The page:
Read this on galpod.com.
As I mentioned last week, I'm recording a music album. We've had two more studio sessions since my last update. In the first session, we went to RAK Studios. It's been around since the 1970s and is highly regarded in terms of professionalism and quality. It's a fairly big studio. We were in Studio 2, which has a desk from 1976. Which is a good thing, I'm told, because it gets the best sounds, particularly with a guitar. Our session at RAK included recording Yul Desai's incredible guitar playing, and then Kevin's (the album producer) magical piano playing. I actually didn't like the fact that in order to hear everything well you have to be behind the desk, and then you can't see the player(s) because the recording room is a floor below. It makes for an odd, disembodied experience.
The session yesterday was at Octagon studios in Brixton. It's a smaller (and much newer) studio, and we had a lovely, long day there recording Ben Woollacott's unbeatable drumming (sorry, couldn't help myself there) and Lucy Andrews' moving cello playing. I actually liked the atmosphere at Octagon better, as you can sit in the control room and see the players and interact with them, and I was also able to sit in the recording room for a bit. I like sitting in the recording room and pretend that I'm doing any good, but really in the control room, you can hear everything much better and comment on the music which was the point of me being there in the first place.
Luckily, in both sessions, the fantastic sound engineers (Will at RAK and Alex at Octagon) lowered the volume of the vocal guides so that it wasn't intensely painful to hear myself and I could focus on the music. It was a little bit like trying to read an academic paper during a visit to the dentist. Doable, but awkward.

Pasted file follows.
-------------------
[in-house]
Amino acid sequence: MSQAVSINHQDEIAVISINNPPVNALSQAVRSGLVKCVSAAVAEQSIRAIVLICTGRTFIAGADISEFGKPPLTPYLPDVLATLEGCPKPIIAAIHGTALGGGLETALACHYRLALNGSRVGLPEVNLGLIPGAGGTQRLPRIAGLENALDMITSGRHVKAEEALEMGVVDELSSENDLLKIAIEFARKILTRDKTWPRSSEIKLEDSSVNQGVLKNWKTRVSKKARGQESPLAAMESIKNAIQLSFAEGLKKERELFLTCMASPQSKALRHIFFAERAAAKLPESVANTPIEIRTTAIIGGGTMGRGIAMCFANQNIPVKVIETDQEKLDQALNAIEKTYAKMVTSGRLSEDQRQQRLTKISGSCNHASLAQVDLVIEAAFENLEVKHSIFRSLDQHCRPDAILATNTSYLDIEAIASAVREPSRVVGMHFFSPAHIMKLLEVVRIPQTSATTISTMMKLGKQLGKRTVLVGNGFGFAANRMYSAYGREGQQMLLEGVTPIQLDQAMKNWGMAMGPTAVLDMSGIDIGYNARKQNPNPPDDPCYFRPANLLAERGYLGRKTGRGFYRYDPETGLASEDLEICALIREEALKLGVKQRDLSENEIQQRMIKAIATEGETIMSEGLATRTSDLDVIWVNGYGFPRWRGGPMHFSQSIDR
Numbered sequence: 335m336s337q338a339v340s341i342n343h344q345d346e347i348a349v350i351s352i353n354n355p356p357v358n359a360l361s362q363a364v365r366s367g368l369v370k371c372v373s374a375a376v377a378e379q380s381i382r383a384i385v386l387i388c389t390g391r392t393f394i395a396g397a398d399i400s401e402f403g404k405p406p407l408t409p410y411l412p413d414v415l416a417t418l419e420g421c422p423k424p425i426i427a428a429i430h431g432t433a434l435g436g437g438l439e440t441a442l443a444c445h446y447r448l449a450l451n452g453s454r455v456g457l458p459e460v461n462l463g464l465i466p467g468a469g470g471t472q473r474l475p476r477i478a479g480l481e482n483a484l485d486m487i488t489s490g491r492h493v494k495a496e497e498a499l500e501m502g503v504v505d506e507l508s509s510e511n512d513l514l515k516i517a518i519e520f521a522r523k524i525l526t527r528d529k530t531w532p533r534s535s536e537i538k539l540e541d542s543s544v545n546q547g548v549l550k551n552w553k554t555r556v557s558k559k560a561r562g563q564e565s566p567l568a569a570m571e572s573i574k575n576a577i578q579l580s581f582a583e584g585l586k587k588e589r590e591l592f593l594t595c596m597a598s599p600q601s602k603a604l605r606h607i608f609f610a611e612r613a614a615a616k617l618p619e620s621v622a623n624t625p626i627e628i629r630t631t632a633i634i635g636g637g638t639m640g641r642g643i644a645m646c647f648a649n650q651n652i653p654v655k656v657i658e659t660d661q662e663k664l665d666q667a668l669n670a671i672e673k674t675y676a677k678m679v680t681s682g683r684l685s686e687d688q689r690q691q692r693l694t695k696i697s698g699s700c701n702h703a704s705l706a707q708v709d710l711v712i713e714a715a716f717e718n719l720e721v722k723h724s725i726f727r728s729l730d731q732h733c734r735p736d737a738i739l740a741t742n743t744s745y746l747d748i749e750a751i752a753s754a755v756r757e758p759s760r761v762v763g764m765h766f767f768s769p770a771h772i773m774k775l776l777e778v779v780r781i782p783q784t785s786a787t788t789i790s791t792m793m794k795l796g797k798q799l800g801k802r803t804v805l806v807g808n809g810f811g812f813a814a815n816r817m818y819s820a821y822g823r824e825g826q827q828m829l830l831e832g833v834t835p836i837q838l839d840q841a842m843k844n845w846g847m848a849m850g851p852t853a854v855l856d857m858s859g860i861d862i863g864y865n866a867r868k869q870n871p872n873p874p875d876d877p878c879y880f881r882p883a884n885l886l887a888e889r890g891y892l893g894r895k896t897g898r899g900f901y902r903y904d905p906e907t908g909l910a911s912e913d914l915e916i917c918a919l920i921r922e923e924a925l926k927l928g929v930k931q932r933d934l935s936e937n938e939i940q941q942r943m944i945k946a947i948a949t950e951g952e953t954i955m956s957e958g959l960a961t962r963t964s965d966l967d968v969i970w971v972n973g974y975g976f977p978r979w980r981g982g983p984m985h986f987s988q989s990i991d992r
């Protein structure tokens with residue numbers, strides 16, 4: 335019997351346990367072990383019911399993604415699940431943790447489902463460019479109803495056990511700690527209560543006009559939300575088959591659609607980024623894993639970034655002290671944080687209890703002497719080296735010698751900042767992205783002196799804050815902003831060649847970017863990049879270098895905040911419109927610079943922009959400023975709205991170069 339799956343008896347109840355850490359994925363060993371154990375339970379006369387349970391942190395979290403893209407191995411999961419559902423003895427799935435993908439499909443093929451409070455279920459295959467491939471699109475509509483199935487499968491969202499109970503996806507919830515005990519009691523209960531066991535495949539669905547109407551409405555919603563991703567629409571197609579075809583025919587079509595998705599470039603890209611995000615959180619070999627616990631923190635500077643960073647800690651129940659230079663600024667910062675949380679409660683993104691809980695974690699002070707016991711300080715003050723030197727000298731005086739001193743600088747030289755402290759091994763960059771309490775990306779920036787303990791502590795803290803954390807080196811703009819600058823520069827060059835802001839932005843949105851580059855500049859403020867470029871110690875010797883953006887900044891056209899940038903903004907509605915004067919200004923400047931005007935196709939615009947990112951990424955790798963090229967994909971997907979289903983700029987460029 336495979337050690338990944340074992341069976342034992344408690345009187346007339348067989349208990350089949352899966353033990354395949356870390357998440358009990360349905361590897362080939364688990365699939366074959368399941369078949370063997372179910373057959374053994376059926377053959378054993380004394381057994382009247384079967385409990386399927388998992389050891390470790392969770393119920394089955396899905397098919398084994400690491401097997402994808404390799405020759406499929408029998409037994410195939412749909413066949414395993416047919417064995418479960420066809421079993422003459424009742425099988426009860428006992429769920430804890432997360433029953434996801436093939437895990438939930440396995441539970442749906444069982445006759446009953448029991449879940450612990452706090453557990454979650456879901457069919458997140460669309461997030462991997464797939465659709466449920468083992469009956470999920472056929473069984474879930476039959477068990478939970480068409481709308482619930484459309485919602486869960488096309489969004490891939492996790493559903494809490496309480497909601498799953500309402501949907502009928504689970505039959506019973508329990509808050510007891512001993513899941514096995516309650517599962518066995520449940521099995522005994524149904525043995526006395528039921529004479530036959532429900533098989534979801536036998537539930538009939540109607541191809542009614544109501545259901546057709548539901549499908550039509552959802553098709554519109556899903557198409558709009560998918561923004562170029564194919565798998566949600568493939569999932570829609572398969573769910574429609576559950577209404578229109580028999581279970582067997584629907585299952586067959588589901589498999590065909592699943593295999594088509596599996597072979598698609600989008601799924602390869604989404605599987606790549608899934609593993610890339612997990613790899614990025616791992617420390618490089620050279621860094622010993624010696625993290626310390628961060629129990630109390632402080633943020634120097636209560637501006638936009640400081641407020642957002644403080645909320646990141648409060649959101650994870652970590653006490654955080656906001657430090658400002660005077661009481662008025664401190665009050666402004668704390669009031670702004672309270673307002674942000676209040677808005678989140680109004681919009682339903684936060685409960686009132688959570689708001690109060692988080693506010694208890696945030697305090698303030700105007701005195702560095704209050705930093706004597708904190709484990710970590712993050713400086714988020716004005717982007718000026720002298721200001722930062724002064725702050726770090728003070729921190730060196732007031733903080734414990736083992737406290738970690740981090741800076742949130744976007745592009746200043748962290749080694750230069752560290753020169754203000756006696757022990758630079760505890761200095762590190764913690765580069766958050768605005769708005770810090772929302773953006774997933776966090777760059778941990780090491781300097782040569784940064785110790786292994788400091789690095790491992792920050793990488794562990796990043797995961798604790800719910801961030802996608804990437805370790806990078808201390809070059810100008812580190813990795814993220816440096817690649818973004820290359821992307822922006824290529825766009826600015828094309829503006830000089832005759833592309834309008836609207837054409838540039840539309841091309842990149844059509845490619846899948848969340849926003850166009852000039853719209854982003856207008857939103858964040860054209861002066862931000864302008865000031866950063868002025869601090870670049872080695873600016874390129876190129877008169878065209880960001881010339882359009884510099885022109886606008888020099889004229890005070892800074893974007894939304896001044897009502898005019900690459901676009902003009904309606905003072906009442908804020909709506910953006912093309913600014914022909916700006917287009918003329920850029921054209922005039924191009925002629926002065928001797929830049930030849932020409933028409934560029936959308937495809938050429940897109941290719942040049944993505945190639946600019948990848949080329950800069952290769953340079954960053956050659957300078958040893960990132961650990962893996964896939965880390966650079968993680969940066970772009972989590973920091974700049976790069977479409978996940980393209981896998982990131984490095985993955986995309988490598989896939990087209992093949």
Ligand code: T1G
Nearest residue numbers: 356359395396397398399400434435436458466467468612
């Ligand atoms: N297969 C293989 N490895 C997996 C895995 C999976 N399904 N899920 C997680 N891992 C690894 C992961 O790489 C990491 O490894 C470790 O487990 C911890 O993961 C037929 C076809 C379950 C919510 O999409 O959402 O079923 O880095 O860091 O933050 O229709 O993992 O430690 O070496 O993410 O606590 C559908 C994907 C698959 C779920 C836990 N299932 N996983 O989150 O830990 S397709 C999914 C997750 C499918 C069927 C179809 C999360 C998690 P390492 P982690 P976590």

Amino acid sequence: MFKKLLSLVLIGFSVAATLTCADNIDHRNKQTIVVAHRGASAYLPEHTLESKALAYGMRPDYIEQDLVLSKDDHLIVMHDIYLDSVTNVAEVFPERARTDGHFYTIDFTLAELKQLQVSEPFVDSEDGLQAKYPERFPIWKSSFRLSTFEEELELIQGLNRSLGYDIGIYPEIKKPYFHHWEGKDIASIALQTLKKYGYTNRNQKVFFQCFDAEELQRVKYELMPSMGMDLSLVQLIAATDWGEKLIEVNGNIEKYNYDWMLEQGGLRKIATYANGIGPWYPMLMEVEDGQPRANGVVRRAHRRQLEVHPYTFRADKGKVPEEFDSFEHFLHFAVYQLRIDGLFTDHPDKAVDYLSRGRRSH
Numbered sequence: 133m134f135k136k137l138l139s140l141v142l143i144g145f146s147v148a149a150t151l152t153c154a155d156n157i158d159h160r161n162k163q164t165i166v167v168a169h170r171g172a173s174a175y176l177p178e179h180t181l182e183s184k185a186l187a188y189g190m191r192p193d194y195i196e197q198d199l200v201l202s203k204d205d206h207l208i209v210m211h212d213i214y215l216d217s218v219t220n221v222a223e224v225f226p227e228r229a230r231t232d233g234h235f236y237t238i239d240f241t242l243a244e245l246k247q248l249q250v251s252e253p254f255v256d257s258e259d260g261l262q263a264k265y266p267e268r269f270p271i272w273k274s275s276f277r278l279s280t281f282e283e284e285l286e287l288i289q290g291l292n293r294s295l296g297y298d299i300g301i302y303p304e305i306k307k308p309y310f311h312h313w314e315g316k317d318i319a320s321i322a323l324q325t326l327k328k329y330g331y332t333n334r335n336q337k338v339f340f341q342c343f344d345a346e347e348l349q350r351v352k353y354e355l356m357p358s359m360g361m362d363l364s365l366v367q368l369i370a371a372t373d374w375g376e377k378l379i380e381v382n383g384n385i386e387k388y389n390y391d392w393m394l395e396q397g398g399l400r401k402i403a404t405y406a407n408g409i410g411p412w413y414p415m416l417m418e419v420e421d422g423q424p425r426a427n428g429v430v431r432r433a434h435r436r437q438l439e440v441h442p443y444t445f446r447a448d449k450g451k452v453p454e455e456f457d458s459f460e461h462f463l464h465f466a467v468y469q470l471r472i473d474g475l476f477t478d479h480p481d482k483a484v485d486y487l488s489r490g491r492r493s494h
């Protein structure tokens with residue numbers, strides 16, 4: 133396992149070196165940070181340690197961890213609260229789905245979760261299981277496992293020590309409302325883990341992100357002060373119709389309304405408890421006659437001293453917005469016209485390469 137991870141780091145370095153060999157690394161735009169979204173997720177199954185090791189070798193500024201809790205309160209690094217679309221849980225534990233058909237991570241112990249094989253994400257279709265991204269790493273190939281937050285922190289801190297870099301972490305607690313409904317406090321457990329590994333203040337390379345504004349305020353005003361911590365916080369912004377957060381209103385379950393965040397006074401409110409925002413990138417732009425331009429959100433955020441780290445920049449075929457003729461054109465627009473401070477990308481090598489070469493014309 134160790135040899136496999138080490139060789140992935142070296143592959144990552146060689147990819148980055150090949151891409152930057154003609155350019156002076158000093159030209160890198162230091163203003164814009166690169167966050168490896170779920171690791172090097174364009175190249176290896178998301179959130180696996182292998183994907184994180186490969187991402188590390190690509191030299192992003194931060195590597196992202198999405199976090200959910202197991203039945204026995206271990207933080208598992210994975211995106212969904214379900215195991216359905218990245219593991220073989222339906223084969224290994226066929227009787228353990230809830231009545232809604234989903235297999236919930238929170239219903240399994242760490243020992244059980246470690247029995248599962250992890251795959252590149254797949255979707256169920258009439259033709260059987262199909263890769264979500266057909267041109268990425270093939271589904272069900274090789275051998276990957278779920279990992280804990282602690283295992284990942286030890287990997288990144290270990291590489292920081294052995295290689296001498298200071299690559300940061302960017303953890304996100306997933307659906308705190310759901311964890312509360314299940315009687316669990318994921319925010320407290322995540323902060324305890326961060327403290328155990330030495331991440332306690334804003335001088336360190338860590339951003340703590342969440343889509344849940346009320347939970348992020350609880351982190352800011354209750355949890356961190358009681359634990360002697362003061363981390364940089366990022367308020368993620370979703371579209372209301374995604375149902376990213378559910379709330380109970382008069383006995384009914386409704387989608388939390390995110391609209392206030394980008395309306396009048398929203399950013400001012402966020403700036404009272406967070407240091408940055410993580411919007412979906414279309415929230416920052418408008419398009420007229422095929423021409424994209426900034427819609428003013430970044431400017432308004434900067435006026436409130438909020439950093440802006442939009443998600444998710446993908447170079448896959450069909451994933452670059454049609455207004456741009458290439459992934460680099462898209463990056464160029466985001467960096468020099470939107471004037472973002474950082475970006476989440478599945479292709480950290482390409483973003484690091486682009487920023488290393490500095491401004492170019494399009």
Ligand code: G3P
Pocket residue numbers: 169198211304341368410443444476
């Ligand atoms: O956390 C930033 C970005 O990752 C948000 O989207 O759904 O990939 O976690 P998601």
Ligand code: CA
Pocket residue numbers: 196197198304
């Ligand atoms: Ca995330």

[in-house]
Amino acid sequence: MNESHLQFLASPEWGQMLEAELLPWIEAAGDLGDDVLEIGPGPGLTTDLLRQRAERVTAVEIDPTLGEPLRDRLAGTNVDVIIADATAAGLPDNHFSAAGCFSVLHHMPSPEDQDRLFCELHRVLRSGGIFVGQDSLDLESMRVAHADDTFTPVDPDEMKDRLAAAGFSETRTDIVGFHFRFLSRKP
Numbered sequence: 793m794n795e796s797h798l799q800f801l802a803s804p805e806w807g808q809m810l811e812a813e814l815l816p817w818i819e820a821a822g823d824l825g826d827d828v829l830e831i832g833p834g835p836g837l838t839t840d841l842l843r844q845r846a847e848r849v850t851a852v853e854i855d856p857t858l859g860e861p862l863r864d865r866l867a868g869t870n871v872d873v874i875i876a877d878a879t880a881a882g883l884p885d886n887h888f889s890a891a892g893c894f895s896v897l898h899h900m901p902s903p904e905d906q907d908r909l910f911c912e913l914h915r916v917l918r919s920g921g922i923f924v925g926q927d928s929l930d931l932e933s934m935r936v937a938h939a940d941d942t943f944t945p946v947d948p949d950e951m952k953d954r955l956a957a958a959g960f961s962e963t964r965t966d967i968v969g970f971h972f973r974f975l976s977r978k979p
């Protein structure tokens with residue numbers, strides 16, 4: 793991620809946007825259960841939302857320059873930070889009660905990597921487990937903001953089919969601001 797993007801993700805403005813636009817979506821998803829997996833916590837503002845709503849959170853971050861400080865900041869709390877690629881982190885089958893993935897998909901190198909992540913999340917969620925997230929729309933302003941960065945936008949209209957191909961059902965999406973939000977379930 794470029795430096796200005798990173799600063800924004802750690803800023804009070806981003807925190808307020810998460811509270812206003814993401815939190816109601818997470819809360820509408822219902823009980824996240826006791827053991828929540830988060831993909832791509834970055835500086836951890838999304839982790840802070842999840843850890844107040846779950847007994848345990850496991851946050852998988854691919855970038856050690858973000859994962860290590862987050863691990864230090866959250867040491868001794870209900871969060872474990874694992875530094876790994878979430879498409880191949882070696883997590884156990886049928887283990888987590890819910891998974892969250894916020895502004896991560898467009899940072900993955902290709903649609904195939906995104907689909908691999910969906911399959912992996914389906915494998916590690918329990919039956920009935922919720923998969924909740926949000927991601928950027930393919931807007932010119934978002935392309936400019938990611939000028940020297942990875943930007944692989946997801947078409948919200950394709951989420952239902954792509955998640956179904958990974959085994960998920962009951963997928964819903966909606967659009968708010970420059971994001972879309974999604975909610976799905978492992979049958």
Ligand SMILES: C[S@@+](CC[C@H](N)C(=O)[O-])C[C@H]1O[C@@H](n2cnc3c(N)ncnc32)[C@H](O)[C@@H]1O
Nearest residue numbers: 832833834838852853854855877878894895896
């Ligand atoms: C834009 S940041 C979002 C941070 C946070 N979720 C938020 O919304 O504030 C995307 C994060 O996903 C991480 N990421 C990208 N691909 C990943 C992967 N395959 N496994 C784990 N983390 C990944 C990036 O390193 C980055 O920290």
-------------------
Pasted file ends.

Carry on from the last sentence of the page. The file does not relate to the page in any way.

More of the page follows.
In both sessions, I had glimpses into what this might sound like once everything is done. I was a little freaked out by the cello at first. My grandmother's voice at the back of my head kept saying: what is this, the Philharmonic? It wasn't at all like that. Kevin's arrangements call for little bits of cello (and violin, apparently) at crucial moments of some of the tracks. I'm not yet entirely convinced, probably because I don't have enough experience to have a clear vision of what this is going to sound like. But, as I said, I got glimpses of it, and it's starting to sound like an actual record.
There's a lot of waiting around and doing the same thing again and again when recording. There's a lot of technical stuff like setting up cables, and replacing the cables because one makes a noise that the engineer isn't happy about, and saving files on the computer, and finding the exact spot to start the recording with. But there are also fun people, and interesting conversations, and, of course, music. Which makes the people come together. Yeah.
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